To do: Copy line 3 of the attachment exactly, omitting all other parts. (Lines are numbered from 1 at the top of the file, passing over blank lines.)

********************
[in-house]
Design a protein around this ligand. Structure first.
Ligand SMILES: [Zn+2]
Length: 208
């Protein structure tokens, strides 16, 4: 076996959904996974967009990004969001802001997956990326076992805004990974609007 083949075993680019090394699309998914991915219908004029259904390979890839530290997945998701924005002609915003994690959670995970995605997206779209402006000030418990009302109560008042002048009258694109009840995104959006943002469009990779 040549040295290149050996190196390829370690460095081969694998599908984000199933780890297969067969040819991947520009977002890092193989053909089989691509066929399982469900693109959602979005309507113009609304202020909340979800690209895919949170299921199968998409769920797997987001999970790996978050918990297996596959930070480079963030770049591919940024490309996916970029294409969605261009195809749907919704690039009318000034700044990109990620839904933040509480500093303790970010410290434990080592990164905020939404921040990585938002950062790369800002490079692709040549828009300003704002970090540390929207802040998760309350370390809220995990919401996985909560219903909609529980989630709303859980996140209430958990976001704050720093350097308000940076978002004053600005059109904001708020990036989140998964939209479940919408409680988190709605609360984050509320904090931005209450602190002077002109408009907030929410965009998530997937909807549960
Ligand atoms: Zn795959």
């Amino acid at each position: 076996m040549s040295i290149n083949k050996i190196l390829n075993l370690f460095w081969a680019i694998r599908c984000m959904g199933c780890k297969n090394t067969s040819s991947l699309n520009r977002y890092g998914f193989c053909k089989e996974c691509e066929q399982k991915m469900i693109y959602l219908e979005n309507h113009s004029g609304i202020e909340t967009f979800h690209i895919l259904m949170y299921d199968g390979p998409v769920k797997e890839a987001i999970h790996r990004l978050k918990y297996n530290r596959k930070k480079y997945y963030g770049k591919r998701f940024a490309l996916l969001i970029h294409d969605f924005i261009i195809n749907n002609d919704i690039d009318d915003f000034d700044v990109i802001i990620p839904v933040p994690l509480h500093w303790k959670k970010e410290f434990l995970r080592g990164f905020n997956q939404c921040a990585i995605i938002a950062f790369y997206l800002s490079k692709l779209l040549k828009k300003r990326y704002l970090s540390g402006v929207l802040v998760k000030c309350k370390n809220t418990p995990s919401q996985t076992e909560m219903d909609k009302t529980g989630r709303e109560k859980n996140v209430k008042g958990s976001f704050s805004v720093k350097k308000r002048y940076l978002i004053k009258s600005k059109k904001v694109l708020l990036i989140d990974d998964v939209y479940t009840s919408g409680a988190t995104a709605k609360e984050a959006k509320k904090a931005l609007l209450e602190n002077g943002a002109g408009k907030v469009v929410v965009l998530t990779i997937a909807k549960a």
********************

Ligand SMILES: [Zn+2]